Memorial Day Week: The After-Action Review: Military Origins and Universal Applications by Stephen Axelrad

Stephen Axelrad
Stephen Axelrad

Hello, my name is Stephen Axelrad – the founder and chair of the Military and Veteran Evaluation Topical Interest Group.  This post is dedicated to the After-Action Review, a formative evaluation technique that has its origins in the military but can be applied in many different contexts. 

Military Origins

The After-Action Review is a process and technique the U.S. Army developed to help Soldiers perform and improve operations in deployment settings.  The U.S. Army defines an AAR as:

A professional discussion of an event, focused on performance standards, that enables Soldiers to improve on weaknesses. It is a tool leaders and units can use to get maximum benefit from every mission or task.

The U.S. Army spends a lot of time and resources in training and planning Soldiers for different missions.  The U.S. Army’s high-risk, highly variable missions dictates that no amount of training or planning can prepare Soldiers for all possible scenarios in combat, peacekeeping, and humanitarian operations.  After-Action Reviews can take on many forms but proceed according to four core steps that follow one event and precede a new event.

AAR diagram / flowchart

Universal Applications

The After-Action Review is a flexible process and tool that can work well in settings beyond military operations.  The After-Action Review encourages leaders and staff to pause, reflect, and improve – all of which evaluators try to encourage during their evaluations.  For Commanders and Soldiers in a combat zone, the After-Action Review enables them to assess how well their plans and training work in real missions.  For leaders and staff in civilian settings, the pause-reflect-improve stance that After-Action Reviews encourage are effective for programs that have a significant event, milestone, or initiative as critical outputs, which requires the coordination of many individuals and resources over a few days or weeks.  After-Action Reviews allow evaluators to insert themselves in program planning and implementation activities that adds value for leaders and staff.  The range of situations that can benefit from After-Action Reviews include:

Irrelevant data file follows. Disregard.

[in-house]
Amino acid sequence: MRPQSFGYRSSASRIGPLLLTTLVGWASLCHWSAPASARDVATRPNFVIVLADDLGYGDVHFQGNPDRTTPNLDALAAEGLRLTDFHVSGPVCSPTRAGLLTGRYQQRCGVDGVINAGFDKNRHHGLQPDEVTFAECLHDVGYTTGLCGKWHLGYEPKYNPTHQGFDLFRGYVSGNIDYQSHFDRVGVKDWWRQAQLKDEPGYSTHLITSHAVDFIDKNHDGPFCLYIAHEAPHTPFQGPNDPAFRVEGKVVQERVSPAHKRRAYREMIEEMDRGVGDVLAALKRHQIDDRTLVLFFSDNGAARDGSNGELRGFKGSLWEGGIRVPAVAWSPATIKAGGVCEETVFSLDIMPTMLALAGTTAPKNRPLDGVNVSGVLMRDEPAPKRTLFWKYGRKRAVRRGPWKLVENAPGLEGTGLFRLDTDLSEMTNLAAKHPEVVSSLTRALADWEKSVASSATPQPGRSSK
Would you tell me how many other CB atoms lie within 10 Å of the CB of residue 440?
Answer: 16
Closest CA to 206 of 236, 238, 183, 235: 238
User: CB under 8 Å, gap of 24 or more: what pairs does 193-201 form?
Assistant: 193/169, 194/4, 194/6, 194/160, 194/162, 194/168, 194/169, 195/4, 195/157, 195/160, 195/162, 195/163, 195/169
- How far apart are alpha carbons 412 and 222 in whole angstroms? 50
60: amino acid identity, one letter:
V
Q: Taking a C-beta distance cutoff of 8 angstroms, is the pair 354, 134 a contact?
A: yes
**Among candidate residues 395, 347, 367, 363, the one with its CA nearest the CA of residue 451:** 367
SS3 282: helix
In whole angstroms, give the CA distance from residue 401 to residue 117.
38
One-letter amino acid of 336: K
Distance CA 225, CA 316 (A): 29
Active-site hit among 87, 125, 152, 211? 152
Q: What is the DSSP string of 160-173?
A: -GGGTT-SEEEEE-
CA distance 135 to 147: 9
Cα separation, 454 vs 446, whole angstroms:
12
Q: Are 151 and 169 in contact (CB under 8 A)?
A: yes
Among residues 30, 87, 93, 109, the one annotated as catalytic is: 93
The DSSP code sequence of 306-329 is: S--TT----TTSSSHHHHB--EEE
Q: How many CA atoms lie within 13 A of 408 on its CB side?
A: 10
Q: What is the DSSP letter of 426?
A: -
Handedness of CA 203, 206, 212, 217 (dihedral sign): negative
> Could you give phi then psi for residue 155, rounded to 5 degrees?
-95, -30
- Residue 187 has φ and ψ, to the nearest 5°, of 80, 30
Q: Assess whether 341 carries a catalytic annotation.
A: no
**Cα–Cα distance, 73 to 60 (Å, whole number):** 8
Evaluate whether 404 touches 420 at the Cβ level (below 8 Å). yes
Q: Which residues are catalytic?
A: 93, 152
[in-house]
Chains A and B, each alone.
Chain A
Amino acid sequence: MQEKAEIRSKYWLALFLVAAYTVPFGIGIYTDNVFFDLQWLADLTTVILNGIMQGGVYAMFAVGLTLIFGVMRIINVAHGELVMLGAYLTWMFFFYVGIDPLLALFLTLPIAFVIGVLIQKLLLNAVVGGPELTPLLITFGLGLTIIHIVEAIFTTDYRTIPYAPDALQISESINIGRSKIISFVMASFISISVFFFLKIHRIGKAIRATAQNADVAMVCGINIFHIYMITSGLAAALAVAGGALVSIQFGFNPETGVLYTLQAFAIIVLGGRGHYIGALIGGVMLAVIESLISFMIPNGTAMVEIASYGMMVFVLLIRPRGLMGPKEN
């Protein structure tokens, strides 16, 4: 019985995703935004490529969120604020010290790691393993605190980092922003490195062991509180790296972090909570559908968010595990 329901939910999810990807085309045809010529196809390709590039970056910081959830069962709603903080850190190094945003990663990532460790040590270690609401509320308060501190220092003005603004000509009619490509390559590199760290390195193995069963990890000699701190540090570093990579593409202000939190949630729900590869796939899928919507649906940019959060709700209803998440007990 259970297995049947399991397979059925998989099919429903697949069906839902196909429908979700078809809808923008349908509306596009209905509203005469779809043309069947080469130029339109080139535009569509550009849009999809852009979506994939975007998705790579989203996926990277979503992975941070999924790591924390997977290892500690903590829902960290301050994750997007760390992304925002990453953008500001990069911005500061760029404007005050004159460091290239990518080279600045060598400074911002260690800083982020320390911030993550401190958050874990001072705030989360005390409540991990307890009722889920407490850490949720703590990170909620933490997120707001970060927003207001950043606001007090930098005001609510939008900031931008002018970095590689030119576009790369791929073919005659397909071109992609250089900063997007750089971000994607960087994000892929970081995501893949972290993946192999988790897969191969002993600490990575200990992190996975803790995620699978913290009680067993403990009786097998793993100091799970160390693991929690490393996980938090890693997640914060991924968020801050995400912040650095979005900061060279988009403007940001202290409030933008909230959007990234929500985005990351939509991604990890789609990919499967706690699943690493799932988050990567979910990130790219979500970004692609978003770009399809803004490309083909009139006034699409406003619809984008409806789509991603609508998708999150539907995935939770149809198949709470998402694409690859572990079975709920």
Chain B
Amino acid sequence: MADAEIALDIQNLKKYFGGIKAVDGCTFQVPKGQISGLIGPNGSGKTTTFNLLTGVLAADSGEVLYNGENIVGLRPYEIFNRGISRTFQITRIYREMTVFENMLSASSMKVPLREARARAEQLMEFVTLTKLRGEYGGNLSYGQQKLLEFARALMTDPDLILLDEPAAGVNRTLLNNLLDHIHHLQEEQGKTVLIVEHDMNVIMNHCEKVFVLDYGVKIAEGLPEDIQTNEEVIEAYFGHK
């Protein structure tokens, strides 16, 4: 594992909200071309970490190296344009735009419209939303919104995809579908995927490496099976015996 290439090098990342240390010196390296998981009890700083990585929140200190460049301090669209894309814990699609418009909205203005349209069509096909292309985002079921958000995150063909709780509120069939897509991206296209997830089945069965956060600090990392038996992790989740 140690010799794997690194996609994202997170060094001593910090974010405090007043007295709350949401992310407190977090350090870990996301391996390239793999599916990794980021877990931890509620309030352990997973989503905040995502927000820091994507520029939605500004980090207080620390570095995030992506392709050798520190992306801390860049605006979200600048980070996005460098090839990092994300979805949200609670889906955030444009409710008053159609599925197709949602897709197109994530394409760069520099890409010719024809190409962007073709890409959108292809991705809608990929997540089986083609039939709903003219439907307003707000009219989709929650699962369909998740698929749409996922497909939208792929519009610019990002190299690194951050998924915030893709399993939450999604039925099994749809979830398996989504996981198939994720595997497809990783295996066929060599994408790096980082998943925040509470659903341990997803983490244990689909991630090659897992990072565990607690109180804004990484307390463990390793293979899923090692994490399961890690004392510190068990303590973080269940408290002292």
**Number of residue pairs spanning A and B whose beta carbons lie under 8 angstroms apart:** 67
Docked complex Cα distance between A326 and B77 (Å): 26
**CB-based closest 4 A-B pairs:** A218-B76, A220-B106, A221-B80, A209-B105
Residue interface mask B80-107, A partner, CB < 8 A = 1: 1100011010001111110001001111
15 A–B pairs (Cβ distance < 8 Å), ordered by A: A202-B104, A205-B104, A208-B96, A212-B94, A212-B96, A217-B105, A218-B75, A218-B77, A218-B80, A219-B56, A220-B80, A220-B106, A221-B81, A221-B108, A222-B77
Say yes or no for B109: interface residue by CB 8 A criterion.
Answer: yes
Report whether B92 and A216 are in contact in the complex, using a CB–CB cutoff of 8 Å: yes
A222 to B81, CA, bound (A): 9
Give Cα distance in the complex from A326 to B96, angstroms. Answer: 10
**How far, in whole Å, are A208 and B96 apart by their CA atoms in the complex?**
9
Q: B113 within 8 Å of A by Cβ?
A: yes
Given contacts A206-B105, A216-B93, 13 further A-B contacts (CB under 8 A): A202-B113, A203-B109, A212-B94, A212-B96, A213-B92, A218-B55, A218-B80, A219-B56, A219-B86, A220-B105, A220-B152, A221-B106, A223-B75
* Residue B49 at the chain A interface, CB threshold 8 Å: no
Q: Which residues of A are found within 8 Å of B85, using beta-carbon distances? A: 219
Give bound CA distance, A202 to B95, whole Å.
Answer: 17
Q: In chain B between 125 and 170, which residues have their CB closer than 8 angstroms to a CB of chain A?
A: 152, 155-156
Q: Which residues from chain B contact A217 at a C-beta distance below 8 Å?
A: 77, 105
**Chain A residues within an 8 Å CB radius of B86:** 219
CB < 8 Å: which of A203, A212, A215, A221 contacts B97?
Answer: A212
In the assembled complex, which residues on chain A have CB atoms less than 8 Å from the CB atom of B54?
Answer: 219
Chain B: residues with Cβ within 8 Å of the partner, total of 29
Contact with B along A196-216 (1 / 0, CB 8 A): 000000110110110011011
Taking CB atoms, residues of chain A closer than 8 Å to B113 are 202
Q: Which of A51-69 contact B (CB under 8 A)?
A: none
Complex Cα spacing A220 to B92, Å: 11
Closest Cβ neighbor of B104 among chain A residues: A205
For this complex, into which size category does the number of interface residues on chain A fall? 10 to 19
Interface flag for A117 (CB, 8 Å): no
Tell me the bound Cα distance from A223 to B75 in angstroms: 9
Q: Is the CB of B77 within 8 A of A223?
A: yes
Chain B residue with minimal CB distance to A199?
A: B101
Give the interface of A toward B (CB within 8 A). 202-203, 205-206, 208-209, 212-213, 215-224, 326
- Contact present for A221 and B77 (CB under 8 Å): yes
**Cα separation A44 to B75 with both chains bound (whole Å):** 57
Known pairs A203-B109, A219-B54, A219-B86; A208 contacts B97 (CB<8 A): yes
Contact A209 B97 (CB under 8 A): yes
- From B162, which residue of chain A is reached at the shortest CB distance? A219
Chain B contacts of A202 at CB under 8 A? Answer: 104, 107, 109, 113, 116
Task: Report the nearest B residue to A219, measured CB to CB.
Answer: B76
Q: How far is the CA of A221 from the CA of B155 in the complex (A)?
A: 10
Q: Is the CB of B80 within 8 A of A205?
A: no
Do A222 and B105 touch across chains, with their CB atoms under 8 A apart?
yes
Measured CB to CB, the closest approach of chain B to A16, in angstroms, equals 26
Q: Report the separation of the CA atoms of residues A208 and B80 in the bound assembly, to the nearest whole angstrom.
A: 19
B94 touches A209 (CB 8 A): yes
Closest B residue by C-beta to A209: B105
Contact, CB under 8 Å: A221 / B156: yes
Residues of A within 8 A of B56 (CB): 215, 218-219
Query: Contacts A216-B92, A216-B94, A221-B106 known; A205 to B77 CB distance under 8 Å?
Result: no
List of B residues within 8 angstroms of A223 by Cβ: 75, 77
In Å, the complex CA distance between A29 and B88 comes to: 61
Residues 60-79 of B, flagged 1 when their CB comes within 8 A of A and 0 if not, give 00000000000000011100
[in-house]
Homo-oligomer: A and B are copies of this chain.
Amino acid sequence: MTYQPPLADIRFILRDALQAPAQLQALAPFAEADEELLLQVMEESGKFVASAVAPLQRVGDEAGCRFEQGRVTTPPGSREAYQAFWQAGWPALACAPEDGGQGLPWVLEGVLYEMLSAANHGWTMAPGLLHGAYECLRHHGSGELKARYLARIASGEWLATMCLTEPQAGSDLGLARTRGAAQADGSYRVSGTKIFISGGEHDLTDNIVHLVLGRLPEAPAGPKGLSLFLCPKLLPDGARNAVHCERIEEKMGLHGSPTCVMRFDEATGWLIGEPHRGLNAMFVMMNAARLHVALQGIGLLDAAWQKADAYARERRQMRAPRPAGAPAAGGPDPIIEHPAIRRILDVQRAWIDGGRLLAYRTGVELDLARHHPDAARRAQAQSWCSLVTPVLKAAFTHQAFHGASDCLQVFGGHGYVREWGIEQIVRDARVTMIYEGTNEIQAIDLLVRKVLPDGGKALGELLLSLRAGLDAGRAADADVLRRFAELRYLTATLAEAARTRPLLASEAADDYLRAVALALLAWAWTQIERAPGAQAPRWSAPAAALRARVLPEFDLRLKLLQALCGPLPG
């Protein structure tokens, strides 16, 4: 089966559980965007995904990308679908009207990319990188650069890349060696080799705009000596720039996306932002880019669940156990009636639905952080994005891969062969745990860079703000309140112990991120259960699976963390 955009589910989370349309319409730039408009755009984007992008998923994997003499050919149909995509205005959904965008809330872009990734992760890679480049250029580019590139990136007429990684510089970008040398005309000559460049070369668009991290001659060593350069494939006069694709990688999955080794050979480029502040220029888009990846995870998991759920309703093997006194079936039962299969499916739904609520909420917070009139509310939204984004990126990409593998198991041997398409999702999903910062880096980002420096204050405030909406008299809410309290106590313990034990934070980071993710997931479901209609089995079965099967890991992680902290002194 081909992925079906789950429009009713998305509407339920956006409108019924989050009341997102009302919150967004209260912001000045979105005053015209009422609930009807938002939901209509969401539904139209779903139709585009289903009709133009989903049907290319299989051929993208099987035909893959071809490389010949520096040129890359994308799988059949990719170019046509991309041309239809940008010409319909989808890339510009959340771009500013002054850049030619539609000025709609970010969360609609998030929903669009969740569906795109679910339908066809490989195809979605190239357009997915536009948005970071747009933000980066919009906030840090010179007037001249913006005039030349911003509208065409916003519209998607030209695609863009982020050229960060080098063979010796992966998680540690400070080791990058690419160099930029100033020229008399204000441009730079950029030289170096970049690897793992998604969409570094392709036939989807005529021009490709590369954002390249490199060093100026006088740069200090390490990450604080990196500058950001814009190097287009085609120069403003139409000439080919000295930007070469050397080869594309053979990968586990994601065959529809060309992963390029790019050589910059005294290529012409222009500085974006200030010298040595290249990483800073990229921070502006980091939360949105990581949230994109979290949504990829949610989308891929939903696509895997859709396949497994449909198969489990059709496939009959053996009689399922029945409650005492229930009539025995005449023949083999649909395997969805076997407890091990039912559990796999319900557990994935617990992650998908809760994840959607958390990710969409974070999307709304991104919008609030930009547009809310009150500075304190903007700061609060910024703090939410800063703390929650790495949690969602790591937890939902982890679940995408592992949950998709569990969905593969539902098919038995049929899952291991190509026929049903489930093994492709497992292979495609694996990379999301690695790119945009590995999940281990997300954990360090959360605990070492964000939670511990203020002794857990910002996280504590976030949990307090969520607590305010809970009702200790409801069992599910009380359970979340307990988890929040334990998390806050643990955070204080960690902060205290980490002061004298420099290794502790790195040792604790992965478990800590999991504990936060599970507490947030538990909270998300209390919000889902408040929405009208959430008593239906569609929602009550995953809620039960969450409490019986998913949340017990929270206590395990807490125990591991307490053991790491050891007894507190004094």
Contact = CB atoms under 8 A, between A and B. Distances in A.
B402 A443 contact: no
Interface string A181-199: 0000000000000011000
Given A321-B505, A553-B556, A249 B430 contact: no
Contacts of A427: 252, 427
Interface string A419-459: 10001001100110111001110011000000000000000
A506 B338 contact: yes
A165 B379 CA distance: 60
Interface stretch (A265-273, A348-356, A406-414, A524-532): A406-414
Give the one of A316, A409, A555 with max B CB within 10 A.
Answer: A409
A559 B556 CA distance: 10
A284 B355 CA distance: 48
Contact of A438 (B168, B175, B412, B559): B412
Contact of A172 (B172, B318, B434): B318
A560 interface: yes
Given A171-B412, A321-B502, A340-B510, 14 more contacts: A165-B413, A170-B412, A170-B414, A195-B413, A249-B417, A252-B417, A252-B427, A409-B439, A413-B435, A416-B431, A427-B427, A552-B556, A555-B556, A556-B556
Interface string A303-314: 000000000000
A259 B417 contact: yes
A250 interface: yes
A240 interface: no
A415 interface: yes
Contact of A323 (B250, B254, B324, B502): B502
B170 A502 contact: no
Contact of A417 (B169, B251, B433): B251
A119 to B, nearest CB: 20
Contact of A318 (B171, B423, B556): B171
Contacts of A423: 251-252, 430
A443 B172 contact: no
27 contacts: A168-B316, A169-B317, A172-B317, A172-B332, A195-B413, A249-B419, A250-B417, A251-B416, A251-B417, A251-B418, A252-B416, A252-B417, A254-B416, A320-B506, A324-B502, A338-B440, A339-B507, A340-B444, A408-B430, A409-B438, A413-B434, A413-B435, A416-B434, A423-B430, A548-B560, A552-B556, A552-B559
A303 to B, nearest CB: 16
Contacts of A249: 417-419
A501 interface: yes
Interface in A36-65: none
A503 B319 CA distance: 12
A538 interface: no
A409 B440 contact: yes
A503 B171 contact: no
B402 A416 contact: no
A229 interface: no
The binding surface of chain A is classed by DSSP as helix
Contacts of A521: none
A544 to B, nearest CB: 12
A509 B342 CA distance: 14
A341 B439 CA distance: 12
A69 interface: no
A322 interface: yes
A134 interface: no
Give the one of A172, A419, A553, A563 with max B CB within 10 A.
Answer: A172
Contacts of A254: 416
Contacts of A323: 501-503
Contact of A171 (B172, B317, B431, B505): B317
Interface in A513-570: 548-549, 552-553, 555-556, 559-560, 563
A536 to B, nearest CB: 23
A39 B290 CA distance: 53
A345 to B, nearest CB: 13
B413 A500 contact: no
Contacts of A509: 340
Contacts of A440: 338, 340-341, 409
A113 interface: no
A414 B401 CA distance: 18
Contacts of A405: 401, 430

• Emergency responses to natural or manmade disasters
  • Multi-day conference or training workshops
  • Off-site planning meetings
  • Task forces
  • Outreach campaigns

Lesson Learned:

After Action Reviews are extensions of good program planning and implementation.  After-Action Reviews encourage evaluation use because leaders and program staff can test evaluation findings during implementation.  The most effective After-Action Reviews flatten the hierarchy.  In the U.S. Army, After-Action Reviews are moments when a Corporal’s opinion matters as much as a Sergeant’s or Captain’s.  In civilian settings, position titles should not matter and the facilitator and observer should have the same authority as individual participants.

Rad Resources:

If you’re more interested in learning more, I encourage you to read the remaining posts of this week, join our TIG via the AEA web site, and contact me at

The American Evaluation Association is celebrating Memorial Week in Evaluation. The contributions this week are from members of the Military and Veteran Evaluation TIG featuring contributions to evaluation with military origins but relevant to all we do. Do you have questions, concerns, kudos, or content to extend this aea365 contribution? Please add them in the comments section for this post on the aea365 webpage so that we may enrich our community of practice. Would you like to submit an aea365 Tip? Please send a note of interest to . aea365 is sponsored by the American Evaluation Association and provides a Tip-a-Day by and for evaluators.

1 thought on “Memorial Day Week: The After-Action Review: Military Origins and Universal Applications by Stephen Axelrad”

  1. Thank you for sharing this!! In a previous position, the program had several Vietnam Veterans on staff who brought the AAR concept to our work. This is where I was first introduced to AAR’s and as a program evaluator totally embraced the technique. When I left the program, this is one of the techniques that I kept in my toolbox and continue to use throughout my work.

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